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"A gourmet who thinks of calories is like a tart who looks at her watch." - James Beard


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Sunday, March 3, 2019

Captain Marvel: The HFF (Higher, Further, Faster) Cocktail

Post by Matt

As is tradition around here, when I’m really excited about an upcoming super hero movie, I tend to celebrate by creating a cocktail to celebrate the character. I think my most successful cocktails have been for Wonder Woman and Doctor Strange, but I had the most fun trying to figure out a worthy cocktail for Black Panther.


We’ve had our tickets to Captain Marvel since January 7, so to say I’m excited for the movie is a bit of an understatement. When I asked the Clockwatching Tart about what cocktail she thought we should make to celebrate Ms. Danvers, I told her her main colours were red, blue and gold and that the movie’s tagline was “Higher, Further, Faster”. Her immediate response was “Champagne and Cognac” because “it has a nice gold colour and is strong as heck, straight forward, and classy”. Who am I to argue against that logic?


To make things interesting, we decided to try three variations of a French 75, which is Champagne and Cognac with simple syrup and lemon juice. For the first version, we went with the classic and just added a cherry for a splash of red in honour of Captain Marvel.



Add the following into a cocktail shaker with ice:


¼ ounce (1 ½ teaspoons) lemon juice
¼ ounce (1 ½ teaspoons) simple syrup
1 ounce (30 ml / two tablespoons) Cognac (we used Remy Martin VSOP)


Shake and then pour the liquid into a chilled Champagne flute and top with:


4 ounces of Champagne (we substituted French sparkling wine from just outside the Champagne region, because… money)



Garnish with a lemon twist and a cherry and enjoy! The Clockwatching Tart and I found the cocktail dangerously easy to enjoy with a nice balance between the brighter notes of the lemon and the depth and complexity of the cognac. We agreed that if you ordered it at a fancy cocktail bar, you wouldn’t be disappointed.



The Clockwatching Tart loves cider and recently came across a beautiful bottle of Calvados, which is French Apple Brandy. My favourite Ontario winery is Cave Springs from the Jordan area near Niagara. Their Dolomite has a beautiful limestone minerality to it that I absolutely love, so we decided to see if they would make a successful variation of a French 75. We prepared it the exact same way, but substituted Calvados for Cognac and Cave Springs for the previous Brut. While it would be great on a summer day and was nicely aromatic, it lacked the depth of the original and wasn’t quite as good.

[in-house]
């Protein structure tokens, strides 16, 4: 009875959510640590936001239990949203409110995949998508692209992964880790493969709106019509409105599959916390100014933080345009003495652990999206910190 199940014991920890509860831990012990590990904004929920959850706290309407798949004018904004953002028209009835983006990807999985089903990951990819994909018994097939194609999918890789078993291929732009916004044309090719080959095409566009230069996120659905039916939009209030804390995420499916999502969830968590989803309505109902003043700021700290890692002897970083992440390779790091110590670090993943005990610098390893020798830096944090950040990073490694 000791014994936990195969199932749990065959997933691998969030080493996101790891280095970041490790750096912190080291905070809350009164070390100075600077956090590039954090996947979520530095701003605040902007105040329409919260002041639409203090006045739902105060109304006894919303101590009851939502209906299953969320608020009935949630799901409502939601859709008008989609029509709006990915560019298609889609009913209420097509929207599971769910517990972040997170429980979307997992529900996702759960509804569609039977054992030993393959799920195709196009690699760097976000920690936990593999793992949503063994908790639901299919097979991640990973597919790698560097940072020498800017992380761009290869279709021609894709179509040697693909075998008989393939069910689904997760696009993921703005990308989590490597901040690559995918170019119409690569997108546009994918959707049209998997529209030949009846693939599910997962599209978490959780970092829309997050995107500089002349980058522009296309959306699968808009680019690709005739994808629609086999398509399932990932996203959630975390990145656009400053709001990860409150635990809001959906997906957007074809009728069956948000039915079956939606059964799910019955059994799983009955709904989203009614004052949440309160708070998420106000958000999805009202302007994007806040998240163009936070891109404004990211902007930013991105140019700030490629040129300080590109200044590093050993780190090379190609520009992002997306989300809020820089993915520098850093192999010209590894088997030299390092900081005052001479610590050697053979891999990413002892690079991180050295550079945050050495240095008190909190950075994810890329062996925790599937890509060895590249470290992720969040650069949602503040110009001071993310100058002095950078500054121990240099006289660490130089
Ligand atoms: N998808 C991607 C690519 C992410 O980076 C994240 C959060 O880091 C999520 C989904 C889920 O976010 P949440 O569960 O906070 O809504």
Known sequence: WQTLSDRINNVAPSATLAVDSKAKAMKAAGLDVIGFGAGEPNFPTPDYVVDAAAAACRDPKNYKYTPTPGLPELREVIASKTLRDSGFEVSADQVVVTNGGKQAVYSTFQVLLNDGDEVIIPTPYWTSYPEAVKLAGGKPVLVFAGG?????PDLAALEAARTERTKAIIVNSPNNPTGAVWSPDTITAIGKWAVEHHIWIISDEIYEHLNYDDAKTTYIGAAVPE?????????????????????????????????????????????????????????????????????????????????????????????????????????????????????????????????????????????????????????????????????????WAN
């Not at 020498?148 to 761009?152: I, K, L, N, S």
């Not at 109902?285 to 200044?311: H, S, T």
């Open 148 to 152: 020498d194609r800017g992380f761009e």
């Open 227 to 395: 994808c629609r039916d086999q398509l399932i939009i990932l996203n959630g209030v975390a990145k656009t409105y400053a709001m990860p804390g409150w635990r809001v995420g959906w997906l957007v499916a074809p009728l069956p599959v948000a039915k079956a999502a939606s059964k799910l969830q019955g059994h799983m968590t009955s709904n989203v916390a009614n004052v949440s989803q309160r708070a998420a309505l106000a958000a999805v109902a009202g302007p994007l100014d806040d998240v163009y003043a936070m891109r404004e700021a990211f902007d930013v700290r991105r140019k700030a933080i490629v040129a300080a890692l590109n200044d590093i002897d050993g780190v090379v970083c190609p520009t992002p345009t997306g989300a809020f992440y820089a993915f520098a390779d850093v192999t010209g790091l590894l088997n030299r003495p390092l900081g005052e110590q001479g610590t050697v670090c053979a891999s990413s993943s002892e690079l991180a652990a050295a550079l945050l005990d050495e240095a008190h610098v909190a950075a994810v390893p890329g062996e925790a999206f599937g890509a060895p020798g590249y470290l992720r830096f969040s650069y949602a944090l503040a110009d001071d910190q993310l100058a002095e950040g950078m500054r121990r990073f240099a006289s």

Our final variation substituted Dillon’s cherry gin for both the lemon juice and the simple syrup. While it was a valiant effort, there was just too much going on with everything the gin brought to the table and it wasn’t worthy of Captain Marvel (or our palettes).


In the end, there was only one drink worthy of the Higher, Further, Faster name (and inclusion in our regular cocktail rotation): the original French 75 with a cherry. Cheers to Brie Larson and her fight for underrepresented voices and to Captain Marvel laying waste to the box office and all the trolls.


 


Friday, January 4, 2019

Cheese Fondue for Two

cheese fondue

When Matt and I got married we asked for, and received, a fondue pot.  I really wanted one, but it's not the most practical gift. I can't say we've used it regularly over the years, but we broke it out for Christmas Eve dinner and had a wonderful cheese fondue. 


Melty, tangy cheese on all manner of fruits, vegetables and bread is about the best meal there is.  We watched Die Hard while enjoying our fondue, and it may just be a new Christmas Eve tradition!


I don't know what Matt enjoyed more, eating the fondue, or arranging the fruit, veggies and bread on the tray.  

Here's the recipe for Fondue for Two.  This is enough for a meal for two hungry people or an appetizer or snack for four.  Double the recipe and add more hearty dippers like salami and pretzels to feed a crowd. 

Ingredients:
1 garlic clove
1 cup dry white wine
250g Emmental cheese, shredded
250g Gruyere cheese, shredded
1 tablespoon cornstarch
juice of half a lemon
black pepper to taste

Things to dip:
  • slices of baguette
  • pretzels or pretzel bread
  • toasted bread cubes
  • grapes
  • apple slices
  • chunks of salami or cooked sausage
  • boiled mini potatoes
  • blanched vegetables like broccoli, cauliflower, green beans, etc.
Directions:
Cut the garlic clove in half and rub both halves all over the inside of the fondue pot. 

Add the wine to the fondue pot and heat slowly until hot but not boiling.  

Toss the cheeses with cornstarch. Over low heat, add the cheese slowly to the wine, stirring to melt after each addition. Don't let the mixture come to a boil, just keep it warm and stir until it becomes glossy and starts to thicken. 

Add lemon juice and pepper. 

The cheese may still be thin at this point, but it will thicken up as it sits.  

If you have a proper fondue pot with a heating device, keep the cheese warm over the heat source while you eat, reducing the heat as the level of the cheese goes down as it's eaten.  If you're using a regular pot, you can warm it up on the stove periodically if it gets too cool. 

Use long forks to dip into the cheese.  Be careful!  It's hot!

Enjoy!